Thursday, 2021-10-14

“Sweden didn’t have lockdowns” and other COVID myths

During the height of the COVID-19 pandemic it was common to see Sweden singled out as “not implementing lockdowns”. It was as if Sweden didn’t take any action against the spread of the virus. This was used both as praise and condemnation, depending on the views of the person saying this.

The truth is a bit more nuanced.

First, “lockdown” is a slippery term, but I’ll define it as a situation where a citizen is not allowed to leave their homes except to get groceries, medicine or other essential supplies, and the authorities have a legal way to enforce this.

Sweden lacked the legal framework in the beginning of the pandemic to enforce anything like this. The constitution adopted in 1971 explicitly avoided implementing a “state of emergency” clause because it was seen as a gateway to tyranny. Any emergency legislation would have to be implemented by the Riksdag.

Sweden implemented a number of voluntary measures to enforce social distancing:

  • everyone who could work from home was encouraged to do so
  • the normal 1-day sick day without pay (karensdag) was waived
  • the state took over the payment of the first fortnight of sick leave from employers

(Sick pay is generally 80% of take-home pay up to a limit.)

Restaurants, theaters and sports venues were regulated by public health laws that were implemented to restrict attendance. But these laws do not extend to other venues such as hairdressers or general stores.

Controversially, this also applied to political demonstrations.

The net result was a marked decrease in the number of people traveling to work, going out to lunch, etc.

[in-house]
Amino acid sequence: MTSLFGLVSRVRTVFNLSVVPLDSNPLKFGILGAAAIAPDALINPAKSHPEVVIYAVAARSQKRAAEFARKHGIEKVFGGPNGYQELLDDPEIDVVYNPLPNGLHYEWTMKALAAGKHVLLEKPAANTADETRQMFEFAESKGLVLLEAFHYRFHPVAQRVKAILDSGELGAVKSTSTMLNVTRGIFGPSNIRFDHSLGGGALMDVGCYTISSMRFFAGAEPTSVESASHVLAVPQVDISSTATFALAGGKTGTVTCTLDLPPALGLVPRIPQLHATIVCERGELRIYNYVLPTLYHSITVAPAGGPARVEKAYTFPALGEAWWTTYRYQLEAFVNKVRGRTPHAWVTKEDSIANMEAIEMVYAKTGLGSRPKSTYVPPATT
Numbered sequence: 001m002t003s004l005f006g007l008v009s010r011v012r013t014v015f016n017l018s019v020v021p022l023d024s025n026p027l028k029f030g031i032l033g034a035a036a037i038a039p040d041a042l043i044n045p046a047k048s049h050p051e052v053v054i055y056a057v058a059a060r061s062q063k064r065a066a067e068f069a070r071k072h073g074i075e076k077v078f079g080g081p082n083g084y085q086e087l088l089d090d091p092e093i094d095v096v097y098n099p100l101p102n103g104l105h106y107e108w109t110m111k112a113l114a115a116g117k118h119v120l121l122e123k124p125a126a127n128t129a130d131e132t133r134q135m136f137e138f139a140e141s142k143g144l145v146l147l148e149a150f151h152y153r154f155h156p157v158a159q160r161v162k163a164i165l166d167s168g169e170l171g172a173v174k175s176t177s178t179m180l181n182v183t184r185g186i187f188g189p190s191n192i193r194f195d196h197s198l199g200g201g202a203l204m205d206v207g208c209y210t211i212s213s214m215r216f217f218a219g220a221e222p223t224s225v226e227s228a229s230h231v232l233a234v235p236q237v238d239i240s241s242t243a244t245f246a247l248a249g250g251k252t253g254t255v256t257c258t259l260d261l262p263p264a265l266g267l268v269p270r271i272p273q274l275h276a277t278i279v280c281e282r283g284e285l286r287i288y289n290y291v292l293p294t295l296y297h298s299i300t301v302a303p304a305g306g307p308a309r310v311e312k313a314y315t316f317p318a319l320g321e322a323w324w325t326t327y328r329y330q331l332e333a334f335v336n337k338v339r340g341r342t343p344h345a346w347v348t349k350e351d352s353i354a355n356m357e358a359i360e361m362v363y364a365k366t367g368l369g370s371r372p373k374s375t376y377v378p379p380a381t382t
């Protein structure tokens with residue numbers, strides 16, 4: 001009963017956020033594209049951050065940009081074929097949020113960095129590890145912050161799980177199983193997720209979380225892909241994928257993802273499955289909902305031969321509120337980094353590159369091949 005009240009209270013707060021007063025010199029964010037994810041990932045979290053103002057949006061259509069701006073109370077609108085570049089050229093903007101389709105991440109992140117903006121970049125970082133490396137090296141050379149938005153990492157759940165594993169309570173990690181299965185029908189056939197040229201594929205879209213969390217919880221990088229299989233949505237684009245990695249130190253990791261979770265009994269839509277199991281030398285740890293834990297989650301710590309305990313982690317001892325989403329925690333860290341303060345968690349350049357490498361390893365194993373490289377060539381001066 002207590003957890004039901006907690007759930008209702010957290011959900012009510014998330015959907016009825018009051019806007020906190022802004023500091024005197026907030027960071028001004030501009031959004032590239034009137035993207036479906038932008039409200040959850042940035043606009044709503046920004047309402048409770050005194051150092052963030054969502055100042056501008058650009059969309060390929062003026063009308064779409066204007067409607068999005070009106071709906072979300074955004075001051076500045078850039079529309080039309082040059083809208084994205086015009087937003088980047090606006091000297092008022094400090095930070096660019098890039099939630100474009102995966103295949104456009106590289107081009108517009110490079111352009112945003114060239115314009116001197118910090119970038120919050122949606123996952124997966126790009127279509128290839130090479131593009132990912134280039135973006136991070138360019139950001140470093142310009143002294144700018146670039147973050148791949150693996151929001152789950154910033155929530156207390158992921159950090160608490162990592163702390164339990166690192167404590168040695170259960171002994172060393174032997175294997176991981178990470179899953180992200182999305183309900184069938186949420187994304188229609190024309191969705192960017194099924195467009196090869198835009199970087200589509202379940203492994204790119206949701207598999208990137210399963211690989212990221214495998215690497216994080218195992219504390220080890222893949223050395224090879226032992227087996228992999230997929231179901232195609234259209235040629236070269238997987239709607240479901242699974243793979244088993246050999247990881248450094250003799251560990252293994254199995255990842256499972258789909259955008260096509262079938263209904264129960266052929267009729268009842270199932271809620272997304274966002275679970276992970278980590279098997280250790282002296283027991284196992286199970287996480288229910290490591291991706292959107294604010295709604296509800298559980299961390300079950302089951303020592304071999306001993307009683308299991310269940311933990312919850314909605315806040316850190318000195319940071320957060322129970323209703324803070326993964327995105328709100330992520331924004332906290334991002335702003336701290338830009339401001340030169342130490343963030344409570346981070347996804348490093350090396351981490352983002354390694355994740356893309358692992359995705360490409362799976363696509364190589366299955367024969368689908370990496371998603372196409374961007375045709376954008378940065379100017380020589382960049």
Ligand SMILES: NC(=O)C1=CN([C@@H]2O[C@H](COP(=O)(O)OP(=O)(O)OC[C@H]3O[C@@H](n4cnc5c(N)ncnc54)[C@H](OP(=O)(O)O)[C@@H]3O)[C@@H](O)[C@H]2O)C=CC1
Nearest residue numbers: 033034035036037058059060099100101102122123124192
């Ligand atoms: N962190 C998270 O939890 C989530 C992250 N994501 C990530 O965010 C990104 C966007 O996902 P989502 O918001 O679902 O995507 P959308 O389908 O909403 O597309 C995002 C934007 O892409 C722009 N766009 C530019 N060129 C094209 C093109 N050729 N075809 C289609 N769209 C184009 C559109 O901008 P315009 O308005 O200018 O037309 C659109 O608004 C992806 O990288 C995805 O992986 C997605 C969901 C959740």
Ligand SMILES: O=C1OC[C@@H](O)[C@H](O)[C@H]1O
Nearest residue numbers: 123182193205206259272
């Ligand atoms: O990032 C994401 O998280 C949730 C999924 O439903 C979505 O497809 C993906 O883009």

After a few months, legislation was passed that enabled the authorities to restrict opening hours in restaurants and bars.

As of Oct 2021, all restrictions have been lifted.

What all this didn’t really help with was with Sweden’s total deaths, which I personally believe had more to do with the shameful lack of preparation and protection of elderly people in care homes. But I do believe it helped limit the spread of the disease, thereby preventing health care resources from being overwhelmed.

Did this help Swedish businesses? Its hard to say. Those that relied on people coming in like restaurants, hotels, travel in general suffered a lot. Hardware stores and places that could deliver probably saw increased business.

Sweden’s per capita death rate is about average compared to other EU countries (and lower than Belgium’s which had famously strict lockdowns), but much higher compared to other Nordic countries like Denmark, Norway and Finland. This has been a source of great debate and is, I believe, attributable to different handling of the very old and infirm.